My Enchantress is another dance with a medieval feeling.   (YouTube, DVD).

Saturday, August 21, 2010

Captive Breeding




“Captive Breeding” was my contribution to a group show, the Zoo, presented by Venus Uprising in the spring of 2010.

Style
Clearly, Captive Breeding  is not traditional bellydance.  The moves, I guess, are Egyptian-ish, although I did try to chinoisify the body line a little.  I think of the piece as a burlesque, although I’m not aware of any burlesque currently happening with as much emphasis on dance.  I would be delighted to see this piece cited as an example of "Contemporary Panda Fusion," "PandCab," "PTS," or something of the like.

Music
The music is two tracks:  Song from Shandong and The Menjiang Girl.  Both are from the CD Chinese Traditional Erhu Music 2 by Lei Qiang.  The entire album is really very lovely, and adding it to my collection was an unexpected side benefit to this project.

Props
My veil is just three yards of plain old polyester chiffon. 

Super Sudoku to Exercise Your Mind and Yahtzee  are available on-line or probably at the bookstore wherever you live.

I do not recommend that you purchase Forbidden Treasure.  Yes, I did read it all.  In the tub.  And I regret every steamy moment of it.  If you really want to know, a reviewer has provided an extraordinarily thorough plot synopsis here.

Costume
Eleftheriou’s Chinese peasant costume was purchased from Pearl River.  (I bought a white set and a black set in the largest size available, spliced them together, and then tacked in numerous layers of polyester batting around the midsection).

My top was also purchased at Pearl River; I cropped it to midriff length.  Pants salvaged out of a jumpsuit on the sale rack at Rainbow

My hipscarf, appropriately, came from a hole in the wall in Chinatown.  Observant fans may recognize it as one of the scarves worn by the mermaids in Atlantis.

Cast
Eleftheriou Targouisti has the soul of an artist.  He developed his intense love of the Dance in childhood.  After attracting the attention of a benefactress, he studied at L’Ecole du Mime with Etienne Decroux.  In this performance, he combines a love of movement with a passion for animals.  Of Greco-Moroccan heritage, Maestro Targouisti now makes his home in Astoria, Queens.

Other Videos
If you enjoyed Captive Breeding, you may also enjoy Atlantis.  This video is not currently available on YouTube; it is included on the collection Fantasy Bellydance from World Dance New York.  Buy it here.

Egyptian Dance

I’ve been reading on the internet that I am “a ballerina who made a belly dance video,” or that I no longer perform traditional bellydance.  This is not so!  Here’s a video of a performance of mine from earlier this year. 




This performance was filmed on April 24, 2010, at Je’Bon in New York City.  I danced as part of a showcase, “Disco Al Sharq: Al Rabia,” hosted by Mark Balahadia and Leela.

For students, critics, and others who want to learn more, production notes follow.

Style
The dance in this video is an upbeat interpretation of raqs sharqi, Egyptian belly dance.  Although it has a folklore feeling, it is a mixture of both traditional and modern.   I designed this piece for venues where the audience has some distractions, such as parties, or for when the audience is simply less of a “belly dance” crowd, less attuned to softness or subtlety, and best able to appreciate high energy and a feeling of fun.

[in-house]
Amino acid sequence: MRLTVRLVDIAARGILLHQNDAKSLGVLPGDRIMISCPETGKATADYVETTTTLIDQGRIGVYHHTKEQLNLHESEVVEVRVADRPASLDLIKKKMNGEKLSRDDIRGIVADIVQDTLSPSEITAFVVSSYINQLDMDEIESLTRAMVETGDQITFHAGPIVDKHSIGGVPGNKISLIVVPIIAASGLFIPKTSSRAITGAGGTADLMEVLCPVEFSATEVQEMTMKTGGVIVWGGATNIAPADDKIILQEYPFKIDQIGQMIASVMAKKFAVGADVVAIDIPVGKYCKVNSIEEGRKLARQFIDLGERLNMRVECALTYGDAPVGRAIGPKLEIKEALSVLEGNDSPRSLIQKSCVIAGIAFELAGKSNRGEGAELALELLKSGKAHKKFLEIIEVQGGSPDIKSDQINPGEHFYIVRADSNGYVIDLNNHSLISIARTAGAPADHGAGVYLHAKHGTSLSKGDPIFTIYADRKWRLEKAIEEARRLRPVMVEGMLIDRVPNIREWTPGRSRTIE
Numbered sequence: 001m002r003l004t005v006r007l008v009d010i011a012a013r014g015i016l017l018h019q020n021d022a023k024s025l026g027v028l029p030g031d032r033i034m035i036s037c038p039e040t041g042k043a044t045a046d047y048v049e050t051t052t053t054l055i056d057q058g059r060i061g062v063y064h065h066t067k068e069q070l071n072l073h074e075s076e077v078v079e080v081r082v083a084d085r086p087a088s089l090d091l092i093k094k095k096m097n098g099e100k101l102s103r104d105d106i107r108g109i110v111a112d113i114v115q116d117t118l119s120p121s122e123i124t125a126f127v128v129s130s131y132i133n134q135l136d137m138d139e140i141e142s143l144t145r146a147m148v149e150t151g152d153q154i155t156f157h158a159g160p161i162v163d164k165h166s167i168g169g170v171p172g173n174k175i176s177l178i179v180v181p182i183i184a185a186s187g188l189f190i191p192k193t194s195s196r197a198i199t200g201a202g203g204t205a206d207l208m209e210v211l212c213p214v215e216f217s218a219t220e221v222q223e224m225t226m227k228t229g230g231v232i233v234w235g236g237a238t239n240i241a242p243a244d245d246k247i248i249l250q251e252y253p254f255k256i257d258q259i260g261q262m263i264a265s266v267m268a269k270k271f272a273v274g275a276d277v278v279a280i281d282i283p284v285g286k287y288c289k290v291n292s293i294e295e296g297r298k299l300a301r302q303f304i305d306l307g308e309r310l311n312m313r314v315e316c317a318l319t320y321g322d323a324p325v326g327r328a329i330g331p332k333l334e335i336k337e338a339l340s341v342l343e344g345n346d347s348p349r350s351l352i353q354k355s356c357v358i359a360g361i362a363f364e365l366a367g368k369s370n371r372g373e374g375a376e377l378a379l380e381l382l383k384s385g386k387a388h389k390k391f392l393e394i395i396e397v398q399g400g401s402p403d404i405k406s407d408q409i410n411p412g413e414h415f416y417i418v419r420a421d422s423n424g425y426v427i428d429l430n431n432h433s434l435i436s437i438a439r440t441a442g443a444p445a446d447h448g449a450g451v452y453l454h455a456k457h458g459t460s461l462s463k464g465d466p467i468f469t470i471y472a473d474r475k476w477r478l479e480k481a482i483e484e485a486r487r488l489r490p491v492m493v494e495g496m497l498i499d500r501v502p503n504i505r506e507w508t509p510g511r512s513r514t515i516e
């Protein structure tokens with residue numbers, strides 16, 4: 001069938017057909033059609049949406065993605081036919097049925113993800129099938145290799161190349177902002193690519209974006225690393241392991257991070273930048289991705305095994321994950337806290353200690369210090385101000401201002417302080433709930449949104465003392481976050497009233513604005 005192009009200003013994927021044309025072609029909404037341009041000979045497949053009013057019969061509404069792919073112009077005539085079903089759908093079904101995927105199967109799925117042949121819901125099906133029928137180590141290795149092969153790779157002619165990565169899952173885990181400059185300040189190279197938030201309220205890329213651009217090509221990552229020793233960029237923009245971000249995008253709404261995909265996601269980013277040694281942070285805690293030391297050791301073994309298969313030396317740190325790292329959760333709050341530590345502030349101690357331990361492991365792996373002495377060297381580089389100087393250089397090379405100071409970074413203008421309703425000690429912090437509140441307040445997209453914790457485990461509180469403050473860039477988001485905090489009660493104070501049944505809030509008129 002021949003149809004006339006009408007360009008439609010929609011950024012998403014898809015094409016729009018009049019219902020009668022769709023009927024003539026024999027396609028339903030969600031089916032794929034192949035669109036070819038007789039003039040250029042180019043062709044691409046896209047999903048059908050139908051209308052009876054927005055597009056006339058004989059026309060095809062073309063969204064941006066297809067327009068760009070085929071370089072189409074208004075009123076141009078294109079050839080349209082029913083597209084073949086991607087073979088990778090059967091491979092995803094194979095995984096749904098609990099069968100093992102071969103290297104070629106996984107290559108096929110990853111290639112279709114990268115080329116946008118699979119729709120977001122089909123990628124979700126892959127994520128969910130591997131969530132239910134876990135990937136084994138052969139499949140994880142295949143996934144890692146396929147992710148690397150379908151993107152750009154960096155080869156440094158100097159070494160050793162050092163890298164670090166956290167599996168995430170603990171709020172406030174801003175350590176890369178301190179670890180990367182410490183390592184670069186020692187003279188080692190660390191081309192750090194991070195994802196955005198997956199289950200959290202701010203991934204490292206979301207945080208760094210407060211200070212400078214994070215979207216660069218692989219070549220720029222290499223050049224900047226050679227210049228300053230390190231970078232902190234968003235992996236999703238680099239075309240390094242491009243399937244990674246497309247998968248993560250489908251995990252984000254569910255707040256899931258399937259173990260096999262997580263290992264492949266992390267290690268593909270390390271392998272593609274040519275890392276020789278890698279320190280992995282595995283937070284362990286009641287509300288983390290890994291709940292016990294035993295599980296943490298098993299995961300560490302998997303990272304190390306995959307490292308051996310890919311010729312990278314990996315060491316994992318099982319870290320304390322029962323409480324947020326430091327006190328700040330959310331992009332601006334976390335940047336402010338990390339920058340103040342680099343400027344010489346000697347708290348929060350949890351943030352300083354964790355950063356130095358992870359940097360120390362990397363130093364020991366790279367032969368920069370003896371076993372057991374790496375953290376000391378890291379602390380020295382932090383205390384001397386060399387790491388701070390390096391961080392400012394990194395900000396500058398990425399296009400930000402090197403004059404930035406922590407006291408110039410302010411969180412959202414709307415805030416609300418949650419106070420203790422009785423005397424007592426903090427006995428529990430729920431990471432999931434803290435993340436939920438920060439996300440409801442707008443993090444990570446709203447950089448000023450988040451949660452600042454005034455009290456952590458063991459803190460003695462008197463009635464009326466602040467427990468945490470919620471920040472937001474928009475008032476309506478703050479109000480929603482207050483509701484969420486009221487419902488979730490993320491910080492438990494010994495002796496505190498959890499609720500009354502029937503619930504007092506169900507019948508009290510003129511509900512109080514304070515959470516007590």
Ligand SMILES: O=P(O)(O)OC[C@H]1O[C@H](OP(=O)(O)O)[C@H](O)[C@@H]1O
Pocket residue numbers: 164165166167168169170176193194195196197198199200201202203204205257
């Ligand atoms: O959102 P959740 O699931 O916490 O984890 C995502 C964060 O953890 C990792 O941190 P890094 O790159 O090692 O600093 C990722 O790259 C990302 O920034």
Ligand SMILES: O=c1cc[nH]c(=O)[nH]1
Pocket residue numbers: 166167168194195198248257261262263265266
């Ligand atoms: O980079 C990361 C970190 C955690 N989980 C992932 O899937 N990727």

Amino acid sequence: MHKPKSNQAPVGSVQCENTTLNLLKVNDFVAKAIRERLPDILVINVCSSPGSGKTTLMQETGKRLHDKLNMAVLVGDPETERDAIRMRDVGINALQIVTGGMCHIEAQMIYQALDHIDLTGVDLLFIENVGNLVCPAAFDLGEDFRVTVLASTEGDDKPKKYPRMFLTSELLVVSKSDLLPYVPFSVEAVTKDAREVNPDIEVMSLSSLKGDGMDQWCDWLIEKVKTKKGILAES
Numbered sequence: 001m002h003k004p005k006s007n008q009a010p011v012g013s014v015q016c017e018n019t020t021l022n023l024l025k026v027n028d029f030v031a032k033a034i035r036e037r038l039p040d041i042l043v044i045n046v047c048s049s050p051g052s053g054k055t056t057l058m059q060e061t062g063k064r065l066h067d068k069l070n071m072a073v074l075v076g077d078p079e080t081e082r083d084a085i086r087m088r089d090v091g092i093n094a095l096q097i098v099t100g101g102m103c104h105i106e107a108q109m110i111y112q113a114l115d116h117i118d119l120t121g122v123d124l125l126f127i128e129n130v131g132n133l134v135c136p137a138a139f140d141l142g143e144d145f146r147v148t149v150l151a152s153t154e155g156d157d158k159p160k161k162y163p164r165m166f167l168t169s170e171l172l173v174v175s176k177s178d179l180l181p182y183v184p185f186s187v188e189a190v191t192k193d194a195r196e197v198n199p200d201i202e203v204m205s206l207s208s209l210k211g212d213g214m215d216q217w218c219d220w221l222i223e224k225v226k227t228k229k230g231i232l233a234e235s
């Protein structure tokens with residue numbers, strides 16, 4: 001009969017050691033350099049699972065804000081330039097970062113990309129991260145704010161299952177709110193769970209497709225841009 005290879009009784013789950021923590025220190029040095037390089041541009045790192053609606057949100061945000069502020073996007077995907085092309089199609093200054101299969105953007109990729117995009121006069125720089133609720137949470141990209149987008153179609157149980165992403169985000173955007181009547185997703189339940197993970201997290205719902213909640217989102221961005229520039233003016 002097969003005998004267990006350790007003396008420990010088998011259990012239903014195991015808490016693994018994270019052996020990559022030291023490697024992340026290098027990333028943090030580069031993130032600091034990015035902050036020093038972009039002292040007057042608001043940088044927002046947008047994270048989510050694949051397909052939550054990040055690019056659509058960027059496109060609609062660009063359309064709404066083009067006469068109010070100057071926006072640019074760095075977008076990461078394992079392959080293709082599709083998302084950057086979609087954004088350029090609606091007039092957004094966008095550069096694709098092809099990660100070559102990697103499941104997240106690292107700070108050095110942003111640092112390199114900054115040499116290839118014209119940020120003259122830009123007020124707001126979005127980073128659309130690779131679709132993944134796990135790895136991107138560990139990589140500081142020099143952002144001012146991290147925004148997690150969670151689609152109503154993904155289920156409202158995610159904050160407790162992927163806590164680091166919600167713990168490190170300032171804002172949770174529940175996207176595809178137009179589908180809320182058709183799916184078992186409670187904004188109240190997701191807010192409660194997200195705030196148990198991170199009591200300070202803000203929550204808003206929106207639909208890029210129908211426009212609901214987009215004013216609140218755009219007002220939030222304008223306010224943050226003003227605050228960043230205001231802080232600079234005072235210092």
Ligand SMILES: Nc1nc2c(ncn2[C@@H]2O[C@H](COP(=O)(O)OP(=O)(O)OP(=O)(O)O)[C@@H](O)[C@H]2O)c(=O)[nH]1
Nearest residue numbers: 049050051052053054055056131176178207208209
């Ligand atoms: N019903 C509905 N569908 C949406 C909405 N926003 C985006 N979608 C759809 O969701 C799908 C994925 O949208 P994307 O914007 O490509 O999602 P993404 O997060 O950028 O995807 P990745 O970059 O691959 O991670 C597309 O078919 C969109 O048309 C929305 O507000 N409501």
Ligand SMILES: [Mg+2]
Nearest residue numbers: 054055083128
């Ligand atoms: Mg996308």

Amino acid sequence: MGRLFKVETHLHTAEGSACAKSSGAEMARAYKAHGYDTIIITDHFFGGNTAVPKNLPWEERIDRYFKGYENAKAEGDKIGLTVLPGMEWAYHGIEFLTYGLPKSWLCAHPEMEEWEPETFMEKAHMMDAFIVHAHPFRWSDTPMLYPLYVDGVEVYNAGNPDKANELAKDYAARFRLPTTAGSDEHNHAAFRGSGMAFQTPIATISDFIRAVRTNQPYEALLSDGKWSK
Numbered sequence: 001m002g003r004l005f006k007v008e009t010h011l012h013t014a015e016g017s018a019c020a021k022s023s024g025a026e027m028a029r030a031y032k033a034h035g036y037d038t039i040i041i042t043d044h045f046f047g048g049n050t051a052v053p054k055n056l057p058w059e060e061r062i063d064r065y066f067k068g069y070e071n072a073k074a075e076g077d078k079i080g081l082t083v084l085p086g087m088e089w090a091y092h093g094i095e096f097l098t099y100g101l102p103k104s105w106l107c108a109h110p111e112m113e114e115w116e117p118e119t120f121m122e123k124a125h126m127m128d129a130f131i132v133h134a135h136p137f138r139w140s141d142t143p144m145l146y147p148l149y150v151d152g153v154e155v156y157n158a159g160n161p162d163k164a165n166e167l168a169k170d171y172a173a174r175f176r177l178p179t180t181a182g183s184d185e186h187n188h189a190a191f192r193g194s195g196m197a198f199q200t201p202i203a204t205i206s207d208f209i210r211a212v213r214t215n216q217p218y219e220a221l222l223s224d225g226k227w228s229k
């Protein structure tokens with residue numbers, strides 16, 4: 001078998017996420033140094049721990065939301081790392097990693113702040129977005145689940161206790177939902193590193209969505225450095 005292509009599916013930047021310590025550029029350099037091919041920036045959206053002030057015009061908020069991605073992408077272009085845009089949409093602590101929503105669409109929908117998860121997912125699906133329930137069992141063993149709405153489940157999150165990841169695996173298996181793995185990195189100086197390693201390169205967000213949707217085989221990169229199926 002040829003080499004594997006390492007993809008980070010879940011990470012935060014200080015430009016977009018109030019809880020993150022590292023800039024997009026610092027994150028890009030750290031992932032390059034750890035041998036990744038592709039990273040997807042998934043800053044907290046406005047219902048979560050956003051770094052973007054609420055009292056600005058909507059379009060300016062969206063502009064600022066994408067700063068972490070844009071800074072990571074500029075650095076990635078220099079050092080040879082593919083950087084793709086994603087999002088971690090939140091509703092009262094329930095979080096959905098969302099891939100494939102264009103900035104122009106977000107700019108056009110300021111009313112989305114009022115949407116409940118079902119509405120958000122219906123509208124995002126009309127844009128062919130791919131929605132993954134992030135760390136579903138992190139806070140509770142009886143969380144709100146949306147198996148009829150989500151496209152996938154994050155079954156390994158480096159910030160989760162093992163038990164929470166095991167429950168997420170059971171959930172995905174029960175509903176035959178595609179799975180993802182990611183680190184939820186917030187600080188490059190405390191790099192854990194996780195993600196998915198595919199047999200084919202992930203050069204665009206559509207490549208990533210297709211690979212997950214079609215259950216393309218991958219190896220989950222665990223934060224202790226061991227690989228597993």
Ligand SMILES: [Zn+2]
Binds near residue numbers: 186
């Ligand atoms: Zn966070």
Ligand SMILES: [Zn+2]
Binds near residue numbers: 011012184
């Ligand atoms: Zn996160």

The music is Saidi, and the lively footwork and use of the cane are playfully borrowed, in a softened and more flirtatious form, from the region’s folklore.  (There is said to be no pure tradition of women’s dance from the Said,  a conservative area where women do not perform.) The heel-bouncing steps of this style suggest the prancing of horses, which play an important role in the history and culture of the Said; in the music, too, one occasionally hears a “whinnying” sound.  The twirling cane imitates the heavy staffs used by men in Tahtieb, a regional martial art which may also be staged with music. 

I had originally set out to do an entirely traditional Saidi piece, but I couldn’t resist the exuberant feeling of using finger cymbals, a prop more often associated with baladi dance, in the opening.  My dress, too, is baladi.  Because the earthiness of folkloric vocabulary is always more exciting against an elegant counterpoint, I added Oriental moves as well.  A few of the stylistic touches are wholly “Autumnal;” in particular, my use of arms and quick transitions are unlike what is seen in mainstream Egyptian style.  So, while the dance has a lot of traditional influences, my personality and my stamp as both a choreographer and performer come through in the style mixing, dynamics, and my creative touches.

Music
The music is “Saidi Routine,” from the CD Sahra Saeeda.  (Available for purchase here.)  The second half of this track is an arrangement of the song “Ala Nar” with saidi instrumentation.  (Another version of Ala Nar that I like, and have frequently used in the classroom, is on Beata and Horacio’s Oriental Fantasy Volume One. )  "Ala Nar" means "I am on fire."

Props
In this performance I’m playing finger cymbals from Turquoise International, in the “Size B Oriental - 2 ½" diameter” model.

The cane was handed down to me by a retiring dancer many years ago.  I don’t know its provenance.

Costume
My galibeyah is by Hanan Mahmoud , with a slight modification—I shortened the sleeves, and used the extra pieces to make my hairband.  The hipscarf has been in my costume closet for more than ten years, but I originally purchased it from Scheherezade Imports.   
 
Other Videos
Fans of this video may also enjoy Hanady.